Business owners with questions about their coverage should contact their agent/broker or insurer directly and consider whether it is in their own best interest to file a claim. Please note that the South Carolina Department of Insurance does not have the authority to require insurers to extend coverage under the policy where specifically excluded or to sell this type of coverage to consumers.
Maryland Insurance Administration:
Maryland Insurance Administration Advisory on Business Interruption Insurance
BALTIMORE – The Maryland Insurance Administration is receiving a high volume of inquiries about Business Interruption insurance.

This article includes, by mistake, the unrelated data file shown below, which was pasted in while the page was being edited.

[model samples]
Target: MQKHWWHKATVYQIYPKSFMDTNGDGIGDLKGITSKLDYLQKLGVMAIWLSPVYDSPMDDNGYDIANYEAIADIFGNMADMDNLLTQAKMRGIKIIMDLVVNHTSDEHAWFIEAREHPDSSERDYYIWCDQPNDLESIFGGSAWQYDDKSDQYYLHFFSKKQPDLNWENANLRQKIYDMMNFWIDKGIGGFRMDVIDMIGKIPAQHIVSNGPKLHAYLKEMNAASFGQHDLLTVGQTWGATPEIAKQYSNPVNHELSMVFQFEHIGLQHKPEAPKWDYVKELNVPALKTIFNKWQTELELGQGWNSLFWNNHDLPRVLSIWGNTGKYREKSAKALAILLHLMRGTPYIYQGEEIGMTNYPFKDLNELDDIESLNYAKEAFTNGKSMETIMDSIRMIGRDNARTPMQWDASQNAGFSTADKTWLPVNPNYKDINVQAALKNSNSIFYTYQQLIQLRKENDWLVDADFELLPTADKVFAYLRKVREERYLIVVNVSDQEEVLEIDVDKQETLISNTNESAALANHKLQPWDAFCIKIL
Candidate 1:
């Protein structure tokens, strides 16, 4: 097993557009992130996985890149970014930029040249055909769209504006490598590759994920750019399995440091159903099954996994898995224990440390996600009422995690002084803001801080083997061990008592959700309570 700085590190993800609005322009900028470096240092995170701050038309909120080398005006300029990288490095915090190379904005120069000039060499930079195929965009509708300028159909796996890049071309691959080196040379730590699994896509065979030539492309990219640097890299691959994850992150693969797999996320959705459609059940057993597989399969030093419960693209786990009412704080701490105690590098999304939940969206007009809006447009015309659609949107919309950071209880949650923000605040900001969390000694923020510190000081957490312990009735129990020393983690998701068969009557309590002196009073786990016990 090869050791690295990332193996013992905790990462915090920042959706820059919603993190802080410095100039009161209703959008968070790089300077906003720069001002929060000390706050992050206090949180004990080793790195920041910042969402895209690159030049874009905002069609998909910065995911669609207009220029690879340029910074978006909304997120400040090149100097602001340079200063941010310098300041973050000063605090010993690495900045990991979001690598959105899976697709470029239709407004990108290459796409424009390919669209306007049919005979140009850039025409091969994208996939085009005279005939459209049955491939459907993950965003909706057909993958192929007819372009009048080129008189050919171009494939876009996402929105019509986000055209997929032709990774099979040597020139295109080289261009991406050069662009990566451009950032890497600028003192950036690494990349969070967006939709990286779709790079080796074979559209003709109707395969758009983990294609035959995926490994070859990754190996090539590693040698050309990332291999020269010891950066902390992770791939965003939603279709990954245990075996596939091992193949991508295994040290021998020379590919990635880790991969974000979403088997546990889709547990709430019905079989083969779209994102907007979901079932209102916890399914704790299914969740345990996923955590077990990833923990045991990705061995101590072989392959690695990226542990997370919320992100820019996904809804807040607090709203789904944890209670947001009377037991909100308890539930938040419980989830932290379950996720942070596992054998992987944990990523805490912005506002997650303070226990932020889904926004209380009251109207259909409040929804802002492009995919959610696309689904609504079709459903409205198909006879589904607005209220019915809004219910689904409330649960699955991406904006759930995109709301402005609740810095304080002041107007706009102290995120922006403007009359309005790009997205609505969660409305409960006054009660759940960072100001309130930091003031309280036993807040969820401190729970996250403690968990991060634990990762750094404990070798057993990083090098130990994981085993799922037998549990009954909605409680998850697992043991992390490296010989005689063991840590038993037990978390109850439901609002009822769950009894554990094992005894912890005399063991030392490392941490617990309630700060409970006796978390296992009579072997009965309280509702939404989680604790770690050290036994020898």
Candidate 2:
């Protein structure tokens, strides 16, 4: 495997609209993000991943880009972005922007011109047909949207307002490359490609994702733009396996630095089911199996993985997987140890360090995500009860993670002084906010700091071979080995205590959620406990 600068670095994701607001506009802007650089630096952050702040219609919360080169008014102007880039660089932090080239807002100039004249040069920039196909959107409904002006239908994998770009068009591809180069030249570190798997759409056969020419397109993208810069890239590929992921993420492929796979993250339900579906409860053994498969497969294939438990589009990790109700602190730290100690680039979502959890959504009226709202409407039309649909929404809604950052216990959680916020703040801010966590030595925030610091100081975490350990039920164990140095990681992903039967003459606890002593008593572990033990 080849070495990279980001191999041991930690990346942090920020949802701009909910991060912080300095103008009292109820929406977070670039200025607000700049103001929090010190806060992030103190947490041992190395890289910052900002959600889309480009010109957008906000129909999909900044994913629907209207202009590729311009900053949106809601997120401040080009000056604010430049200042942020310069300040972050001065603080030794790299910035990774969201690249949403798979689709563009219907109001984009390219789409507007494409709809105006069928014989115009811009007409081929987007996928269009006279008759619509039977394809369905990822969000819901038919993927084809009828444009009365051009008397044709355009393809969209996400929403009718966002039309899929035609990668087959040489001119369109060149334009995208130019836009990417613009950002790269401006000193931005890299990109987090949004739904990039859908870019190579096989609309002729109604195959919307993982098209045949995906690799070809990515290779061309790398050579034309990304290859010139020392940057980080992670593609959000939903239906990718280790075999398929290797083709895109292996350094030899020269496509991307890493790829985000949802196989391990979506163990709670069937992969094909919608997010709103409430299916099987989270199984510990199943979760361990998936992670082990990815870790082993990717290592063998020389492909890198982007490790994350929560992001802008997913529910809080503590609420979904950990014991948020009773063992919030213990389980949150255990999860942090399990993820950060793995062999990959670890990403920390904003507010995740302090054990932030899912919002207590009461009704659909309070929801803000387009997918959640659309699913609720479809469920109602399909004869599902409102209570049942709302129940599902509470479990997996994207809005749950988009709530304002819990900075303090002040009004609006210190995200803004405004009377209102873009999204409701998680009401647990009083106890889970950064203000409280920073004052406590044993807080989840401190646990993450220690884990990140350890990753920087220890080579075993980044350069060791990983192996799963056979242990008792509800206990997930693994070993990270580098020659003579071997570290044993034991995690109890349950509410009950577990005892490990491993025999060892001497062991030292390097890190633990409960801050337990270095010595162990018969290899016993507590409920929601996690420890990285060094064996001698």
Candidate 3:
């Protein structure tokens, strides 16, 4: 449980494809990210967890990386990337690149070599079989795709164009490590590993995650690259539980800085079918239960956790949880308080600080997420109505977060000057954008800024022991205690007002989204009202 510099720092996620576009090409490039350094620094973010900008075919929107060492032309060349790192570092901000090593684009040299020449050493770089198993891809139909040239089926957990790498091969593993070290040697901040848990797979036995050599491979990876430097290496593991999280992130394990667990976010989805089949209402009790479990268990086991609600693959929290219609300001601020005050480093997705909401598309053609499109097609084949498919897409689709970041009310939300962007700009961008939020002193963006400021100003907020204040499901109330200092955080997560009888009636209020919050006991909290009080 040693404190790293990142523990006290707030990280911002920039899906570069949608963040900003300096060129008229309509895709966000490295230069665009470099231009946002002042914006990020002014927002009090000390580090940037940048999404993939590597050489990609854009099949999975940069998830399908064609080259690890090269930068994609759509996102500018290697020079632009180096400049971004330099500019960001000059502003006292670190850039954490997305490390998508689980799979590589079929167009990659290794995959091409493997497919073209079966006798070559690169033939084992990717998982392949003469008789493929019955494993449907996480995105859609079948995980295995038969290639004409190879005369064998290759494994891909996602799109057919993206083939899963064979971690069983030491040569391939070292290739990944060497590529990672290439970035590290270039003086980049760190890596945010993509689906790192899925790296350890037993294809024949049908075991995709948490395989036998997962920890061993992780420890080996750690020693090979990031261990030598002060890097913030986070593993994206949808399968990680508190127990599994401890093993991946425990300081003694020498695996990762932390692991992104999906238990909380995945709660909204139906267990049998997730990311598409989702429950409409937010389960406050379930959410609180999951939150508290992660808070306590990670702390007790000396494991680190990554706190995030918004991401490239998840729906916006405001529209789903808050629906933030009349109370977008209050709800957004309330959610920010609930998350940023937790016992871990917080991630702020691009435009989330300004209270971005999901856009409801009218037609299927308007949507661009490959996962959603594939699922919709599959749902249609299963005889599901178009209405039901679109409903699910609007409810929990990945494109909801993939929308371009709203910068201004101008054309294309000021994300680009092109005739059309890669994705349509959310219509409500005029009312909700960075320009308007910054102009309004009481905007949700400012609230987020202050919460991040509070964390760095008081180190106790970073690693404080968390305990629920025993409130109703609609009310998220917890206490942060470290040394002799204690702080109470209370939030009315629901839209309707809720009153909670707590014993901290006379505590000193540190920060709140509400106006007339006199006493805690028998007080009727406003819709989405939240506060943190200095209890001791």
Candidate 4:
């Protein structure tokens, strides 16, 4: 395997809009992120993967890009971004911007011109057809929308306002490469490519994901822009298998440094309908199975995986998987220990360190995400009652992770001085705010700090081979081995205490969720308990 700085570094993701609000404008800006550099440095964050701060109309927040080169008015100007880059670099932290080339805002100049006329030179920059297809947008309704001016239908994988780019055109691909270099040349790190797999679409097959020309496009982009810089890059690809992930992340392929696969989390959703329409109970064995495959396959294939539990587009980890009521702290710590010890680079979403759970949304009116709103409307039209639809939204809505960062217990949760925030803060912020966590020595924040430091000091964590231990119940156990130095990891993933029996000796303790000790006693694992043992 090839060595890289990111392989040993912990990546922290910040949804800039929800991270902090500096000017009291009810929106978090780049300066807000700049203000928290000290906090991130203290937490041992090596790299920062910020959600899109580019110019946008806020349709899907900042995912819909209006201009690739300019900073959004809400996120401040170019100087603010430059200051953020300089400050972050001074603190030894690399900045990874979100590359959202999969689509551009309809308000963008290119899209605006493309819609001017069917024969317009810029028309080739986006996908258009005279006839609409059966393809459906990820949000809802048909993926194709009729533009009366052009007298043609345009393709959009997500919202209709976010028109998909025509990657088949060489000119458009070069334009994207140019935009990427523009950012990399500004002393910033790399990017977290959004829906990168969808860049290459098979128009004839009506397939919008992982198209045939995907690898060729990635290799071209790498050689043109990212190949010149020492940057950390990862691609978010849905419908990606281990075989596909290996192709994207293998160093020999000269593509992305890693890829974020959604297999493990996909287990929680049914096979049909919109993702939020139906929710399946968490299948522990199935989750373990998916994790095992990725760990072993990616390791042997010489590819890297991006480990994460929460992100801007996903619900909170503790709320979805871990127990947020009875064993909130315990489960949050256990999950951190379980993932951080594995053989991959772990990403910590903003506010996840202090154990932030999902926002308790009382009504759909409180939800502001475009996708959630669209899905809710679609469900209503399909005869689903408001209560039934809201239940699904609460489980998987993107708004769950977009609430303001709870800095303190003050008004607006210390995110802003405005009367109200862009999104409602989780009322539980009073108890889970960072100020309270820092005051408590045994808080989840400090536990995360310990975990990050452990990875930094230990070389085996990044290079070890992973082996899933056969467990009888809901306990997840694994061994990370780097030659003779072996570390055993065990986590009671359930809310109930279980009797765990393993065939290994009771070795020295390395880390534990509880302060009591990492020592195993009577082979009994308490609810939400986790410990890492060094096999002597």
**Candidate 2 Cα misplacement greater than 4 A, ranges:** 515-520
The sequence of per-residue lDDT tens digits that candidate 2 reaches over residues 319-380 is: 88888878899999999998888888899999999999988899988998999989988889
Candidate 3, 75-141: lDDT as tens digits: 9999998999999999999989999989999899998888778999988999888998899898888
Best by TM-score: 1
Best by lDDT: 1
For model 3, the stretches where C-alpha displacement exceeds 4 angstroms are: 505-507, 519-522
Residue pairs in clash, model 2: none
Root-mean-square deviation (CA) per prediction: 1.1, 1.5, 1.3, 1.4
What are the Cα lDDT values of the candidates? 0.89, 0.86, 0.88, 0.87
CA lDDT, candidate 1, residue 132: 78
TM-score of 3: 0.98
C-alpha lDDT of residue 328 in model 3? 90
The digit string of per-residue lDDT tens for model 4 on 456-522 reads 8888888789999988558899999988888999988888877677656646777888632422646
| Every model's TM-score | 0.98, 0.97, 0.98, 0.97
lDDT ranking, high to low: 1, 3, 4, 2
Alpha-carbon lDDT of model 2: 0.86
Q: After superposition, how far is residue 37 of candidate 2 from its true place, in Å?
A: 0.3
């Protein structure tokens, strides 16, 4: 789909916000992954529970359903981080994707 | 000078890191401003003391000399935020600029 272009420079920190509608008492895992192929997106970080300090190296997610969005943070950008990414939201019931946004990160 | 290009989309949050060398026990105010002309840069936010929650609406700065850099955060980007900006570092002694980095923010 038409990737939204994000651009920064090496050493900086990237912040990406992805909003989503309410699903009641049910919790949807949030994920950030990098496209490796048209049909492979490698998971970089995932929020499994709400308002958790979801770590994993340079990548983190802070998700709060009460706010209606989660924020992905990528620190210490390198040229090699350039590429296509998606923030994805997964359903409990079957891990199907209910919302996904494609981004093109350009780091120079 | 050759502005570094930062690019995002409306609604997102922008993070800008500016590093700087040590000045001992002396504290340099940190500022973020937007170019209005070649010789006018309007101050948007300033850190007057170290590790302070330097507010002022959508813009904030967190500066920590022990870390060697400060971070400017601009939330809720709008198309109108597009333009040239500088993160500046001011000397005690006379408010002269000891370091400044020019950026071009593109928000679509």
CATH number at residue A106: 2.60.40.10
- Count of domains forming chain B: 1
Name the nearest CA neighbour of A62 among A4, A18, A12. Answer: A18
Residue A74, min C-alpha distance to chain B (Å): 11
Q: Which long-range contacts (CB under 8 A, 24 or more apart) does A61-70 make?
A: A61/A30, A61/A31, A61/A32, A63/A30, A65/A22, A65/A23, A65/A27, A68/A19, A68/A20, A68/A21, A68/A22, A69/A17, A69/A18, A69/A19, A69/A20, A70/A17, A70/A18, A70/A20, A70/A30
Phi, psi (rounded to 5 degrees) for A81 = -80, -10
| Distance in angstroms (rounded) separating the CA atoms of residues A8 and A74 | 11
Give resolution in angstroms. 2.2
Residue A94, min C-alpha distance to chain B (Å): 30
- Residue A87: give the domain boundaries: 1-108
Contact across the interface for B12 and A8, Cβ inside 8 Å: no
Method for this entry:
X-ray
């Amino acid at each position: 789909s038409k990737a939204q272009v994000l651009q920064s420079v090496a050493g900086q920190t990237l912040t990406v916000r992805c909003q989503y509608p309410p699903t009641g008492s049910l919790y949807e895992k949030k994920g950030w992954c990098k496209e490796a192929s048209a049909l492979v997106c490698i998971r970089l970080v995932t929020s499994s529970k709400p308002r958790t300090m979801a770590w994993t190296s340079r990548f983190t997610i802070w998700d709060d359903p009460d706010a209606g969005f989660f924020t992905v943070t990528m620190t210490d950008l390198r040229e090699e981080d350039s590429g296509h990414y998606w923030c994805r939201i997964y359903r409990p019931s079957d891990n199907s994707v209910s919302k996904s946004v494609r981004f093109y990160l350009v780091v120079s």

Business Interruption coverage is typically triggered under a commercial insurance policy when a covered risk / peril causes physical damage to the insured premises resulting in the need to shut down business operations. For example, if a fire damages a business and the business cannot operate during repairs, business interruption coverage would be available subject to the terms and limits in the policy.
Most policies require a waiting period of 24 to 72 hours before coverage begins and coverage continues for the reasonable period of time to restore the property and reopen, subject to the coverage limit of liability. Some commercial policies provide Business Interruption coverage when a business is shut down due to an Order by a civil authority. However, the policy still typically requires a physical loss from a covered peril as the underlying cause of the business shut down to apply.